A Delphix Internship Experience
Written by Matt Ritter (Delphix Intern, Winter 2014)
Delphix moves fast. I arrived for my first day and hit the ground running. Within an hour, I was online for the daily engineering meetup. I was introduced to my manager, Shubho (who currently holds the most tenure out of anyone on the engineering team, having been at Delphix for over five years), and my mentor, Ankur.
These two engineers were dedicated to getting me on board and making sure my experience went as smoothly as possible. Shubho and Ankur introduced me to the codebase through a handful of bugs. I was working in middleware, an enormous Java class hierarchy coupled with various scripting methods to talk to remote client machines.
In a few days, I was pushing to trunk. From there, I got started on my real internship project. For the next ten weeks, I was going to build support for SQL Server Availability Groups, a High Availability solution for SQL Serveron topof Windows Clusters.
That's a mouthful, but it means that where there was one server with databases on it, now there could be several. Sets of databases could be kept in sync across multiple nodes. My desk was quickly covered with diagrams from the whiteboard, and I buried myself in Microsoft documentation.
Before long, I had picked up some handy database administrator skills to play with Windows Clusters, and we had started discussing an implementation. I spent the next two months pounding away on Java code and Windows Powershell scripts.
I craftily recycled existing sections of the code base, and I developed a nose for when to build entirely new parts. After a few weeks, I was discovering metadata about Windows Clusters and persisting it into our internal metadata store.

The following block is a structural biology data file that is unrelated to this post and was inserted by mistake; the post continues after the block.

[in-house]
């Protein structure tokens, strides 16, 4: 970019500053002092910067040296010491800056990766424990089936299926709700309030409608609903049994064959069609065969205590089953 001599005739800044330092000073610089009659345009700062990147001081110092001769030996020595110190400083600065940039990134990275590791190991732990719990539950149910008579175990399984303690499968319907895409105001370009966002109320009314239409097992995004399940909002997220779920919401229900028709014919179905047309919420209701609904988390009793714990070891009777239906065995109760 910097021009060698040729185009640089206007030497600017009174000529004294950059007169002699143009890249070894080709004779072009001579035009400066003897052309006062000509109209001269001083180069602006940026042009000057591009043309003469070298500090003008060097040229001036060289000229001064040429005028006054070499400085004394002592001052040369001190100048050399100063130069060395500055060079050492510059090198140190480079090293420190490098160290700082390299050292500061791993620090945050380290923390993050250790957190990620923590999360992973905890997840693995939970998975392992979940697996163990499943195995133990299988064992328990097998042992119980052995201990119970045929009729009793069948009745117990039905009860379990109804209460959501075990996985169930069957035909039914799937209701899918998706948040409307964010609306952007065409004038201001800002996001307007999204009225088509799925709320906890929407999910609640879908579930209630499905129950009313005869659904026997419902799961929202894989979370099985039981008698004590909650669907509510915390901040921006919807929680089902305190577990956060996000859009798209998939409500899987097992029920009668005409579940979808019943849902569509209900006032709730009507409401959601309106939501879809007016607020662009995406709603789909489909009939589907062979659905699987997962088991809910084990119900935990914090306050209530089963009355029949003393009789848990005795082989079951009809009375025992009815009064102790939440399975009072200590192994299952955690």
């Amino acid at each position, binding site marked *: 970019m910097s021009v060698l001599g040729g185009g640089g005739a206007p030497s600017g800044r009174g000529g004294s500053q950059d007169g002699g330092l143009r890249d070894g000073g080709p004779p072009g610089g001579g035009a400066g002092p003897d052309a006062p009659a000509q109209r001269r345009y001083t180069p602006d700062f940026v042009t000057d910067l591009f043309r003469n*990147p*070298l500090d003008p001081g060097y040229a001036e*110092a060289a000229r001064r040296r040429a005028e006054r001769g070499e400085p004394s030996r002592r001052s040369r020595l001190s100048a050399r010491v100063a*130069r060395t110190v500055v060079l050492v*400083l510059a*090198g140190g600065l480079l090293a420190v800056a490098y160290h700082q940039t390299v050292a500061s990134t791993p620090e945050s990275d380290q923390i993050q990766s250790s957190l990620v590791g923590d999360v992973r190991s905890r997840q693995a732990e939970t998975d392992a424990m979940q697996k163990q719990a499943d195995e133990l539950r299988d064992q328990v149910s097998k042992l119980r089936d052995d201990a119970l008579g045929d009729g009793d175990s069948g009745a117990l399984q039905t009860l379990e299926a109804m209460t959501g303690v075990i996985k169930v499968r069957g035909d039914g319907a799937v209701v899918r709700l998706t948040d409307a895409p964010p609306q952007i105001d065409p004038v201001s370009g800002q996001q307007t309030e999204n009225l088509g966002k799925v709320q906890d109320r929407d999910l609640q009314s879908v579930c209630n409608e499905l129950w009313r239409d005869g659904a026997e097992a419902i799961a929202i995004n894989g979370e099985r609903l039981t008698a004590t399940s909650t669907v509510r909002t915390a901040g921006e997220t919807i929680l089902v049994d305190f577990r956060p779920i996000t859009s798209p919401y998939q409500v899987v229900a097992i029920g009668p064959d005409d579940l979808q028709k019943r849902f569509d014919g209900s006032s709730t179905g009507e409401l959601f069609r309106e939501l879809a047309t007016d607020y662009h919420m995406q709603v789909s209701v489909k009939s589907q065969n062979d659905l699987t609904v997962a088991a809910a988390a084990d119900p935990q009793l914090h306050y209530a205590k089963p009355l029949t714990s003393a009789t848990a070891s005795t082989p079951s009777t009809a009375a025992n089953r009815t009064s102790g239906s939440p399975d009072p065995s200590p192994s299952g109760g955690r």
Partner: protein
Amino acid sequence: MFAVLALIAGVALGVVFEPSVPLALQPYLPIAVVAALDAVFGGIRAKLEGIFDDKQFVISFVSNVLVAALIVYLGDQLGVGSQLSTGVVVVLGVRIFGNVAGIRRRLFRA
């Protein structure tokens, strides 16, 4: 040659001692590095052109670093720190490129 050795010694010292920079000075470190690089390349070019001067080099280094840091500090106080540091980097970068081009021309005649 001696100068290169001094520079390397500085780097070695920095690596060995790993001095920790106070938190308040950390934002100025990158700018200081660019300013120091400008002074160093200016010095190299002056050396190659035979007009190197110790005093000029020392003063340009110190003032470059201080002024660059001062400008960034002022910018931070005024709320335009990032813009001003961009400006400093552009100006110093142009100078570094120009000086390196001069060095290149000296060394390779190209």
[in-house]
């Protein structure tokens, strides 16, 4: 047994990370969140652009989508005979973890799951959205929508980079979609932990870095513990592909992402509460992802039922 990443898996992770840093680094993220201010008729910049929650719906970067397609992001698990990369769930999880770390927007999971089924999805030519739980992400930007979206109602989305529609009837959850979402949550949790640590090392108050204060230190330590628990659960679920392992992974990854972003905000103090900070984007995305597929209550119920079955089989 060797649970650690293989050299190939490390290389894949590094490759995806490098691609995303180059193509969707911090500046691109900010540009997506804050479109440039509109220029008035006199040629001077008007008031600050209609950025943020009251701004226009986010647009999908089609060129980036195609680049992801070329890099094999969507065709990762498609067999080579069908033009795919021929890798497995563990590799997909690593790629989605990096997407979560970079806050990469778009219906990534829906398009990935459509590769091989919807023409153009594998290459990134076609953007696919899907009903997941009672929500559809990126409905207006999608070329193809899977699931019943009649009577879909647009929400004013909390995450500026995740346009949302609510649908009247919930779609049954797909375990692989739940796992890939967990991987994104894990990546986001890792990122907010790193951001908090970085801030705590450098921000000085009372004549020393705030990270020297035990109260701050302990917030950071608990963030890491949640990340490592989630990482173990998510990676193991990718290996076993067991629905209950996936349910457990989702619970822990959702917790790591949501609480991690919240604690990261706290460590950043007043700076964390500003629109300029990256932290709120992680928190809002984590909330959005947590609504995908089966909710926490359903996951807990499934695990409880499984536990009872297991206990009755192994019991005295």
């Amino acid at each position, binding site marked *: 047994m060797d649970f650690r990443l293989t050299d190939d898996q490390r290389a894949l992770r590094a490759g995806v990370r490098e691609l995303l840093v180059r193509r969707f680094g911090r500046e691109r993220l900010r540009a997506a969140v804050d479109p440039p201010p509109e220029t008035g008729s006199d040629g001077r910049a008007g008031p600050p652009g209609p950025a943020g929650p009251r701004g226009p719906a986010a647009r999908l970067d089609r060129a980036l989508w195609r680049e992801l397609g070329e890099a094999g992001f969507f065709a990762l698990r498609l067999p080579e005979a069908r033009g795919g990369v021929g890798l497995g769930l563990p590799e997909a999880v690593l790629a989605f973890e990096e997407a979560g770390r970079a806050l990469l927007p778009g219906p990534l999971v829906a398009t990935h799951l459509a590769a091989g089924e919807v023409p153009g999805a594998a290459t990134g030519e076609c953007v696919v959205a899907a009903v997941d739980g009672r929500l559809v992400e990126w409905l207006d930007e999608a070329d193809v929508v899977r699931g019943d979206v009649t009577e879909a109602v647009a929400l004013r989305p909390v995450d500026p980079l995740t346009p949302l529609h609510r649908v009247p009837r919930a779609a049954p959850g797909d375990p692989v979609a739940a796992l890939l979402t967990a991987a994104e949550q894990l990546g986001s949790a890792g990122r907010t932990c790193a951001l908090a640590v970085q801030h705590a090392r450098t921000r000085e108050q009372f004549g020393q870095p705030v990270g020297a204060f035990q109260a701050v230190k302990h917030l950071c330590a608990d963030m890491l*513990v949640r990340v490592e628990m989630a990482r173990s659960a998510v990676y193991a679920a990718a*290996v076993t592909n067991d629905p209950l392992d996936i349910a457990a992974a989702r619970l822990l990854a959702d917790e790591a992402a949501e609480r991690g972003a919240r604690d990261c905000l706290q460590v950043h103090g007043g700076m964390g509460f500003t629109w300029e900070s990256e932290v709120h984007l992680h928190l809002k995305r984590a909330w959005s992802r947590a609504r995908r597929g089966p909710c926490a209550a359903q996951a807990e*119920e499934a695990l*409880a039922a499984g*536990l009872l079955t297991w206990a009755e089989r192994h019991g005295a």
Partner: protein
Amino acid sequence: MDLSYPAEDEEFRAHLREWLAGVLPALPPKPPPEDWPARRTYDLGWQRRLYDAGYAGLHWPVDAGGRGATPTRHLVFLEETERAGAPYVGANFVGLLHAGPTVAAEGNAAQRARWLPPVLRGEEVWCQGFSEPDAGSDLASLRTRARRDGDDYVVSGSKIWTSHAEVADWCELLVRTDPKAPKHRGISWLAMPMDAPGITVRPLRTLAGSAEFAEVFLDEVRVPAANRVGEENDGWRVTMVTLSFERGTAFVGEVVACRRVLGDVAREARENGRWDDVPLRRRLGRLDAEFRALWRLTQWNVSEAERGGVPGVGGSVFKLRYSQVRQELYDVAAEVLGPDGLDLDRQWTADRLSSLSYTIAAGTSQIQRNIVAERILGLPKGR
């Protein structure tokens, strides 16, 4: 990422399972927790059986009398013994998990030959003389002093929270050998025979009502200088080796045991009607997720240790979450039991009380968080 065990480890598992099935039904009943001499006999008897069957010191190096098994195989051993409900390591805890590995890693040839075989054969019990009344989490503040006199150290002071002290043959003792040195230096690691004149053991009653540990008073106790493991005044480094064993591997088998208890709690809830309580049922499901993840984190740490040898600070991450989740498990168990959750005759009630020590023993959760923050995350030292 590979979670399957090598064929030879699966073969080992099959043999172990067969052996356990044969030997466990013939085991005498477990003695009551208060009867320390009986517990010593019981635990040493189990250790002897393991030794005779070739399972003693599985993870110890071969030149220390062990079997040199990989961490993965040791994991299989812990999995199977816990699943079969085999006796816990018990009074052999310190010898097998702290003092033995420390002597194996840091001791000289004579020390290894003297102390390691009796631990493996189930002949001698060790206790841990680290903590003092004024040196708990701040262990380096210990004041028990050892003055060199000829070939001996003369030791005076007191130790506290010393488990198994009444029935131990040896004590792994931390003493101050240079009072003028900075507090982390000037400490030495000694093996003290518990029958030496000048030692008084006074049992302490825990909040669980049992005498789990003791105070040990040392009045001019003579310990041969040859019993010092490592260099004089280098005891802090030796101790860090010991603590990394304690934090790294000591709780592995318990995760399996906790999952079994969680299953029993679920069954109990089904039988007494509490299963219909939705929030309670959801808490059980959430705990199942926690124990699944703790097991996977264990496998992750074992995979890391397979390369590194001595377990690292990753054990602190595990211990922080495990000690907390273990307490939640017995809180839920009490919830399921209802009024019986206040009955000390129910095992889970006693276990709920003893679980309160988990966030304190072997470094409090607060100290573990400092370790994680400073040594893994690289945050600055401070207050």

I spent hours pouring over debug logs and stumbling over edge cases, but my mentor was always around in case I got really stuck. Eventually, I had recreated our entire database virtualization process for a cluster, rather than a single server. I had grown into an expert on Availability Groups.
I prepared an hour-long presentation to the engineering team to share my implementation. I switched from coding to meeting with the GUI team, the QA team, and any other group that would be impacted by my changes.
My decisions directly affected the product, and I felt like a real team member. My last week was a celebration of the Delphix 4.0 Dune release, during which engineers from all three offices collaborated in Menlo Park. We spent our time bowling, brainstorming, and competing in hackathons.
It was a grand finale after I had learned the ropes. I came away from Delphix with a serious development project under my belt and significantly more understanding of enterprise application development. I tell people it's like Git for terabytes of data, but that's just the start of a mile-a-minute ramble about one of the coolest technologies out there.